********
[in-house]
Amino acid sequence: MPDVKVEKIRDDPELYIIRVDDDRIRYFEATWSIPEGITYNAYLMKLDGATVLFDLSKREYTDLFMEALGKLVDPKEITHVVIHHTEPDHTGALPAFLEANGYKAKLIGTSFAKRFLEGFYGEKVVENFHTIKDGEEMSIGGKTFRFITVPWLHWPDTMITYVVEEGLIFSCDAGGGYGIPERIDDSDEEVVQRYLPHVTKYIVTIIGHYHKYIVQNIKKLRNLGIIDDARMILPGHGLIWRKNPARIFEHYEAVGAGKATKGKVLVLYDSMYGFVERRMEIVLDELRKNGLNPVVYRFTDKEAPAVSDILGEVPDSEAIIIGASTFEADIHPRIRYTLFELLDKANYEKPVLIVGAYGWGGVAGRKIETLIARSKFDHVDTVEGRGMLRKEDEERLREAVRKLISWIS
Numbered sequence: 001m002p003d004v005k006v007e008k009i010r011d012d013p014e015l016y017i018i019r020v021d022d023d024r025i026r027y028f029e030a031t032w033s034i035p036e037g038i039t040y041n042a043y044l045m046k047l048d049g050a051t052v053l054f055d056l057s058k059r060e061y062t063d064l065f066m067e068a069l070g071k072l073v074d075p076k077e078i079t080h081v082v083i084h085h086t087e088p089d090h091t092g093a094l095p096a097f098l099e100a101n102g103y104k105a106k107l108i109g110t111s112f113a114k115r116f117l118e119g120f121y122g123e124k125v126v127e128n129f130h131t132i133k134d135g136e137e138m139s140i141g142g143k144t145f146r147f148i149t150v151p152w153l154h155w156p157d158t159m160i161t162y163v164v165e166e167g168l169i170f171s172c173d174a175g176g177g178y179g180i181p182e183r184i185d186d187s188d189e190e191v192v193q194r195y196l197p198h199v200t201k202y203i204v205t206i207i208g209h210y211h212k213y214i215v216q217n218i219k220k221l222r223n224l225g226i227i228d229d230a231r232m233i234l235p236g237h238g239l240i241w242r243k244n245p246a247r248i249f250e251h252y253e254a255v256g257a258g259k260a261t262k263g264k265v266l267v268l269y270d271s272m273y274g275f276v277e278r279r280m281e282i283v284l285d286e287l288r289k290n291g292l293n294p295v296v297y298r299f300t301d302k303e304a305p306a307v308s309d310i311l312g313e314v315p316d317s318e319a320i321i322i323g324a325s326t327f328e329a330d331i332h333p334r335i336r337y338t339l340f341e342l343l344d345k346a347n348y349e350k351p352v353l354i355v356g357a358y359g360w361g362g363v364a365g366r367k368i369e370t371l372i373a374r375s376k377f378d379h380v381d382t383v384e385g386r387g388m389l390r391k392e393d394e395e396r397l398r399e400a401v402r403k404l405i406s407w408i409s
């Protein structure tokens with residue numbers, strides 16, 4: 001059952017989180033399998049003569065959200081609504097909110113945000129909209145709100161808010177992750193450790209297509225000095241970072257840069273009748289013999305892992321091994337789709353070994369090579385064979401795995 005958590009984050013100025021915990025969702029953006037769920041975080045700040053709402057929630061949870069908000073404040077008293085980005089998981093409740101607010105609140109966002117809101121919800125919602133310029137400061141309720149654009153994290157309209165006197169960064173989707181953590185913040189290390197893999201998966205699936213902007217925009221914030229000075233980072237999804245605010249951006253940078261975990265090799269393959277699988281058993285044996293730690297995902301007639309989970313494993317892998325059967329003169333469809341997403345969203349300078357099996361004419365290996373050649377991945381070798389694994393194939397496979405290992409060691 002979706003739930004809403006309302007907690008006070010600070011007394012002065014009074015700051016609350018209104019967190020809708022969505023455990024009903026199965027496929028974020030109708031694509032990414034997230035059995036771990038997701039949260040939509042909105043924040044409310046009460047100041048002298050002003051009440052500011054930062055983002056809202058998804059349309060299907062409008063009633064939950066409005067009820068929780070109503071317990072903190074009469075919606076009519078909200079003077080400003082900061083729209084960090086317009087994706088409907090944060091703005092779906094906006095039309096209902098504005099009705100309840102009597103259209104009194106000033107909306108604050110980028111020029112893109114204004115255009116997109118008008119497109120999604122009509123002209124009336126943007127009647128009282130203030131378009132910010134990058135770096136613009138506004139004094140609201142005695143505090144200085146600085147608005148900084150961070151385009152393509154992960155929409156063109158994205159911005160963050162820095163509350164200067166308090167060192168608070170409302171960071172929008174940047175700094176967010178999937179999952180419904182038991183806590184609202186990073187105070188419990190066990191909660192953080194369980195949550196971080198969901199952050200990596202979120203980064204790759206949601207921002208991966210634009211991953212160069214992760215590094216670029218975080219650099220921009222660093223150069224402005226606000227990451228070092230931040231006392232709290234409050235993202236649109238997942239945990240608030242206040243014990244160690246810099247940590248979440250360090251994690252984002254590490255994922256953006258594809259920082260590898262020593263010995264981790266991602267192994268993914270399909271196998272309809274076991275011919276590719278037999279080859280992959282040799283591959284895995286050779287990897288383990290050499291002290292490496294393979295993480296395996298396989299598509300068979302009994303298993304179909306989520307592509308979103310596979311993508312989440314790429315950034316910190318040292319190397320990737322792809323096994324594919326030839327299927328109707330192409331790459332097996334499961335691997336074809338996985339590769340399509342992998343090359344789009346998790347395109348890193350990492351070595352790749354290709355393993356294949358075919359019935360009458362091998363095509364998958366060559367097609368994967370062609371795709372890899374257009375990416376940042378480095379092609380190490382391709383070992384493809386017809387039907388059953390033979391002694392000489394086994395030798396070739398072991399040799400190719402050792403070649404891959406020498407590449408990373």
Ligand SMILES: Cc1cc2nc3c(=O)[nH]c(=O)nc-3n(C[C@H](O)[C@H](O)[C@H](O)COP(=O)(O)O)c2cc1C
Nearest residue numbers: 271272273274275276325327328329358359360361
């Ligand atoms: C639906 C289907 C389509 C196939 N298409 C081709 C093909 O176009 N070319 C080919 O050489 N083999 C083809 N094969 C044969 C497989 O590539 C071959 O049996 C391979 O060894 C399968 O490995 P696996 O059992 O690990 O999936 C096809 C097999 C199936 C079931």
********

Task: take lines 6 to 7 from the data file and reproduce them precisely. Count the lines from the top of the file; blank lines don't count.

Nearest residue numbers: 271272273274275276325327328329358359360361
């Ligand atoms: C639906 C289907 C389509 C196939 N298409 C081709 C093909 O176009 N070319 C080919 O050489 N083999 C083809 N094969 C044969 C497989 O590539 C071959 O049996 C391979 O060894 C399968 O490995 P696996 O059992 O690990 O999936 C096809 C097999 C199936 C079931």